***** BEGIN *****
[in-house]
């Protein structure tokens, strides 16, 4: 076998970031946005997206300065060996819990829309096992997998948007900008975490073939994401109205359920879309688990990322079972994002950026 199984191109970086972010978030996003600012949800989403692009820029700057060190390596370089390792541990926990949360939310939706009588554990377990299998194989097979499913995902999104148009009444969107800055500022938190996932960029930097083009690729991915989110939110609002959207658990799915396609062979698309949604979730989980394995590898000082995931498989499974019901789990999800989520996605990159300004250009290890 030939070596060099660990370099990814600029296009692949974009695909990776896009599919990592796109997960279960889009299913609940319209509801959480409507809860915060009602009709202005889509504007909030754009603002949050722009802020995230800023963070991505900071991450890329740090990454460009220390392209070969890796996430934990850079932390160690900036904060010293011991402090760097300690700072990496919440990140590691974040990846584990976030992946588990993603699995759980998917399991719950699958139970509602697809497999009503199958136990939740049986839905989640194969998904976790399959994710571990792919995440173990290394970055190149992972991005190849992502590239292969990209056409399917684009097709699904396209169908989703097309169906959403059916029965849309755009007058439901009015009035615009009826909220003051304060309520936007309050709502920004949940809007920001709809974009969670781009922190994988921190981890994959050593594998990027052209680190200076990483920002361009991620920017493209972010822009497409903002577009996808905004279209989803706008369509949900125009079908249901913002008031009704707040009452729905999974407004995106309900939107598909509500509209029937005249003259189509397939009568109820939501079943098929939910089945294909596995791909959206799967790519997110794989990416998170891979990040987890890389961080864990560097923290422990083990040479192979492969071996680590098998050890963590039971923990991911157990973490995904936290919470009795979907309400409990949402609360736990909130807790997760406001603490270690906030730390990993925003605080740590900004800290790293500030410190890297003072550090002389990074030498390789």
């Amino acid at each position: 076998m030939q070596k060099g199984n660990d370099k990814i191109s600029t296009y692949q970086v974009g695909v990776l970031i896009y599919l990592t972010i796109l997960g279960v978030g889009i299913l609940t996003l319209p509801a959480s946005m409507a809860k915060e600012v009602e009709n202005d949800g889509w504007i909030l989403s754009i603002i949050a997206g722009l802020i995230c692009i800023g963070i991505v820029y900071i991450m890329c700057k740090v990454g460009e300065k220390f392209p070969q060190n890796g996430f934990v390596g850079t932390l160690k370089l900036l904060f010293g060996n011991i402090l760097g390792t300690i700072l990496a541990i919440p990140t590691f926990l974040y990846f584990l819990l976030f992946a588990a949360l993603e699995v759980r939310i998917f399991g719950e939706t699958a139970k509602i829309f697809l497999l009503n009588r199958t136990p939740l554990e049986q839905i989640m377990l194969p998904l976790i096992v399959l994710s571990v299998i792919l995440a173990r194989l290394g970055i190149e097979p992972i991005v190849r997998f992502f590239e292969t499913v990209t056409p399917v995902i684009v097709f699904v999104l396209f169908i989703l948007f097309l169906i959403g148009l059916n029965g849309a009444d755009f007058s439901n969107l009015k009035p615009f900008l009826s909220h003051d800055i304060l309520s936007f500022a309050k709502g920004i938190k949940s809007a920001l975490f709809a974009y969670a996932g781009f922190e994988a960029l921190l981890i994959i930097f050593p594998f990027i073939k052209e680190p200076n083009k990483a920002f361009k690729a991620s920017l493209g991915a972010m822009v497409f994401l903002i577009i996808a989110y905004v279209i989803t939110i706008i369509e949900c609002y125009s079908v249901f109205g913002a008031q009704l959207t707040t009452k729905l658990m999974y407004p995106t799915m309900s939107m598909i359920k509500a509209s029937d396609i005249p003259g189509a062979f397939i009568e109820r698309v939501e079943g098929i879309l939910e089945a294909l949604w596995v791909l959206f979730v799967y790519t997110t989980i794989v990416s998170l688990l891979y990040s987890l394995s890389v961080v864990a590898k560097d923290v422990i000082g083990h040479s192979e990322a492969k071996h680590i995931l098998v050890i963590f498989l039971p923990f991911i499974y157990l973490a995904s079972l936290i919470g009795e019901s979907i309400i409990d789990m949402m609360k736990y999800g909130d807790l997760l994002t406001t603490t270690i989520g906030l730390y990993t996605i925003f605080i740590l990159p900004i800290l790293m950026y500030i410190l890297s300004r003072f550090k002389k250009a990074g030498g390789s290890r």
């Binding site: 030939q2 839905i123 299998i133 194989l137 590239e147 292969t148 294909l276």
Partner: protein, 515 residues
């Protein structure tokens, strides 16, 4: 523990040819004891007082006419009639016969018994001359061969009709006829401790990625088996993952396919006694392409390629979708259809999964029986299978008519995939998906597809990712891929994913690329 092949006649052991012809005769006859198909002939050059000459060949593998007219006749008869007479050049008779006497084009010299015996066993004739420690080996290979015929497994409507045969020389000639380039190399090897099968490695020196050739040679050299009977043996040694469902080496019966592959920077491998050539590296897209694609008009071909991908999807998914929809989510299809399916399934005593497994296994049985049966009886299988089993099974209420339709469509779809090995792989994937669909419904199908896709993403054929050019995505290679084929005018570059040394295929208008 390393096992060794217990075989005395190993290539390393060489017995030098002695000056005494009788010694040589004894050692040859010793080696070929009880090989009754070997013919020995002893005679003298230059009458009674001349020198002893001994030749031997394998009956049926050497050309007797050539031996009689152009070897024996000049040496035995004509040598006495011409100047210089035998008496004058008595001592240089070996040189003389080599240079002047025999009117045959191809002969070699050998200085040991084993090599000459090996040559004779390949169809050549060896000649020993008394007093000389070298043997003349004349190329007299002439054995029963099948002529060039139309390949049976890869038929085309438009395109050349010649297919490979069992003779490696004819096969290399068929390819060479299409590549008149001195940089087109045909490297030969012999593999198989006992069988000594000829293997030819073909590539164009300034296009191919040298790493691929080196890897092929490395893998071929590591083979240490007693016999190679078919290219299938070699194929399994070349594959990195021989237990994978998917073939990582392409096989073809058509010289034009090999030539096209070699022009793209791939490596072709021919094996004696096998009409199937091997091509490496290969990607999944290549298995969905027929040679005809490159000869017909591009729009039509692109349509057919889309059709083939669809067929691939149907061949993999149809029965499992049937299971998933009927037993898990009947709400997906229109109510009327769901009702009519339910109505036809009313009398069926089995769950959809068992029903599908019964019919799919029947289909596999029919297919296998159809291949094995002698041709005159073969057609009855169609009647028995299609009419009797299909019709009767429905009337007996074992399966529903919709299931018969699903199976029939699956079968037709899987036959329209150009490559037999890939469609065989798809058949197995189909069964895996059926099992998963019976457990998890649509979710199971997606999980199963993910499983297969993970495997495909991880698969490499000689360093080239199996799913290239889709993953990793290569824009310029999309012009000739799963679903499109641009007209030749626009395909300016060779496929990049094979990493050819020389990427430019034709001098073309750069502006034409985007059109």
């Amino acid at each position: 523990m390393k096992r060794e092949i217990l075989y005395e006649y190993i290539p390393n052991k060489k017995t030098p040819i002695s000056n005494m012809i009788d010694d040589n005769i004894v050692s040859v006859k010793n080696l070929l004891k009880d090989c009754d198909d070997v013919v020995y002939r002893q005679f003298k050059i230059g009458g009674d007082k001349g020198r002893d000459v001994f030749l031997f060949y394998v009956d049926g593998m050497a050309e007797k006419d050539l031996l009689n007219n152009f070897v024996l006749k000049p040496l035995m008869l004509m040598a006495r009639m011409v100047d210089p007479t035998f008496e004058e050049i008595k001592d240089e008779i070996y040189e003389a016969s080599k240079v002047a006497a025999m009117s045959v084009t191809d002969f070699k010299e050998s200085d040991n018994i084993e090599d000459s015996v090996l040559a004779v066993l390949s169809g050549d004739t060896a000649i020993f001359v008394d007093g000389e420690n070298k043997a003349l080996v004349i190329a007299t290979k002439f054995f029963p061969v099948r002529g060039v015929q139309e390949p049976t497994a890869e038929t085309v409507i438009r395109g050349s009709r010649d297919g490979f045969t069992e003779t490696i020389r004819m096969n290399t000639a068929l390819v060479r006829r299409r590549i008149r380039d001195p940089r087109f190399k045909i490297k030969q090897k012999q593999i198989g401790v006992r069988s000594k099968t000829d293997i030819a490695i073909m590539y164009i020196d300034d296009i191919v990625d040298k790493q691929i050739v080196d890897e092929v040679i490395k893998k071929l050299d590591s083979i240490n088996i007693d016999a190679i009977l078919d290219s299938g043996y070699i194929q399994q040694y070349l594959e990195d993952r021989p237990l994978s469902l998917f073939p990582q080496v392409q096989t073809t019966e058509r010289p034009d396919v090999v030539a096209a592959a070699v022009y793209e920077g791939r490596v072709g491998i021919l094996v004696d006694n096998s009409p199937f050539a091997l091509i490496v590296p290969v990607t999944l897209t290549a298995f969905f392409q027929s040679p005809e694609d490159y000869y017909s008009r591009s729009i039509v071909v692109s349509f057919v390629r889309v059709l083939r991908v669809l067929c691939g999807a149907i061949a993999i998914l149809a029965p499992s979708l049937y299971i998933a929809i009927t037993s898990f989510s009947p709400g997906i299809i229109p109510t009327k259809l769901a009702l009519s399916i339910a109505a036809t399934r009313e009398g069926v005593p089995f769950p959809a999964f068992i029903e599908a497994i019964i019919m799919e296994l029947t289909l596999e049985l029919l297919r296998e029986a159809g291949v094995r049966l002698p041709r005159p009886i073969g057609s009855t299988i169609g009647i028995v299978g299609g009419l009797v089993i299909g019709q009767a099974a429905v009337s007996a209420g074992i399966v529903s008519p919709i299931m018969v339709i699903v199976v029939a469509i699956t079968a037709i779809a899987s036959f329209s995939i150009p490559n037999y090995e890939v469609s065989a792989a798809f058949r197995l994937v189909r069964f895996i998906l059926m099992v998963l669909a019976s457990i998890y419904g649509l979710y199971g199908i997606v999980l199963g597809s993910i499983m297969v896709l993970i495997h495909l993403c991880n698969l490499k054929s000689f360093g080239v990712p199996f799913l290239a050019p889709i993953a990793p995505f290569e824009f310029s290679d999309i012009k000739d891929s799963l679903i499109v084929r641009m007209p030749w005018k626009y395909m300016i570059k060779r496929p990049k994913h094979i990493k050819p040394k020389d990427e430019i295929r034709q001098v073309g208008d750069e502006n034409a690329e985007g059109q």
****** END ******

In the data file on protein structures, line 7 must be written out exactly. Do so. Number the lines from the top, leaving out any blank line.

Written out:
């Amino acid at each position: 523990m390393k096992r060794e092949i217990l075989y005395e006649y190993i290539p390393n052991k060489k017995t030098p040819i002695s000056n005494m012809i009788d010694d040589n005769i004894v050692s040859v006859k010793n080696l070929l004891k009880d090989c009754d198909d070997v013919v020995y002939r002893q005679f003298k050059i230059g009458g009674d007082k001349g020198r002893d000459v001994f030749l031997f060949y394998v009956d049926g593998m050497a050309e007797k006419d050539l031996l009689n007219n152009f070897v024996l006749k000049p040496l035995m008869l004509m040598a006495r009639m011409v100047d210089p007479t035998f008496e004058e050049i008595k001592d240089e008779i070996y040189e003389a016969s080599k240079v002047a006497a025999m009117s045959v084009t191809d002969f070699k010299e050998s200085d040991n018994i084993e090599d000459s015996v090996l040559a004779v066993l390949s169809g050549d004739t060896a000649i020993f001359v008394d007093g000389e420690n070298k043997a003349l080996v004349i190329a007299t290979k002439f054995f029963p061969v099948r002529g060039v015929q139309e390949p049976t497994a890869e038929t085309v409507i438009r395109g050349s009709r010649d297919g490979f045969t069992e003779t490696i020389r004819m096969n290399t000639a068929l390819v060479r006829r299409r590549i008149r380039d001195p940089r087109f190399k045909i490297k030969q090897k012999q593999i198989g401790v006992r069988s000594k099968t000829d293997i030819a490695i073909m590539y164009i020196d300034d296009i191919v990625d040298k790493q691929i050739v080196d890897e092929v040679i490395k893998k071929l050299d590591s083979i240490n088996i007693d016999a190679i009977l078919d290219s299938g043996y070699i194929q399994q040694y070349l594959e990195d993952r021989p237990l994978s469902l998917f073939p990582q080496v392409q096989t073809t019966e058509r010289p034009d396919v090999v030539a096209a592959a070699v022009y793209e920077g791939r490596v072709g491998i021919l094996v004696d006694n096998s009409p199937f050539a091997l091509i490496v590296p290969v990607t999944l897209t290549a298995f969905f392409q027929s040679p005809e694609d490159y000869y017909s008009r591009s729009i039509v071909v692109s349509f057919v390629r889309v059709l083939r991908v669809l067929c691939g999807a149907i061949a993999i998914l149809a029965p499992s979708l049937y299971i998933a929809i009927t037993s898990f989510s009947p709400g997906i299809i229109p109510t009327k259809l769901a009702l009519s399916i339910a109505a036809t399934r009313e009398g069926v005593p089995f769950p959809a999964f068992i029903e599908a497994i019964i019919m799919e296994l029947t289909l596999e049985l029919l297919r296998e029986a159809g291949v094995r049966l002698p041709r005159p009886i073969g057609s009855t299988i169609g009647i028995v299978g299609g009419l009797v089993i299909g019709q009767a099974a429905v009337s007996a209420g074992i399966v529903s008519p919709i299931m018969v339709i699903v199976v029939a469509i699956t079968a037709i779809a899987s036959f329209s995939i150009p490559n037999y090995e890939v469609s065989a792989a798809f058949r197995l994937v189909r069964f895996i998906l059926m099992v998963l669909a019976s457990i998890y419904g649509l979710y199971g199908i997606v999980l199963g597809s993910i499983m297969v896709l993970i495997h495909l993403c991880n698969l490499k054929s000689f360093g080239v990712p199996f799913l290239a050019p889709i993953a990793p995505f290569e824009f310029s290679d999309i012009k000739d891929s799963l679903i499109v084929r641009m007209p030749w005018k626009y395909m300016i570059k060779r496929p990049k994913h094979i990493k050819p040394k020389d990427e430019i295929r034709q001098v073309g208008d750069e502006n034409a690329e985007g059109q």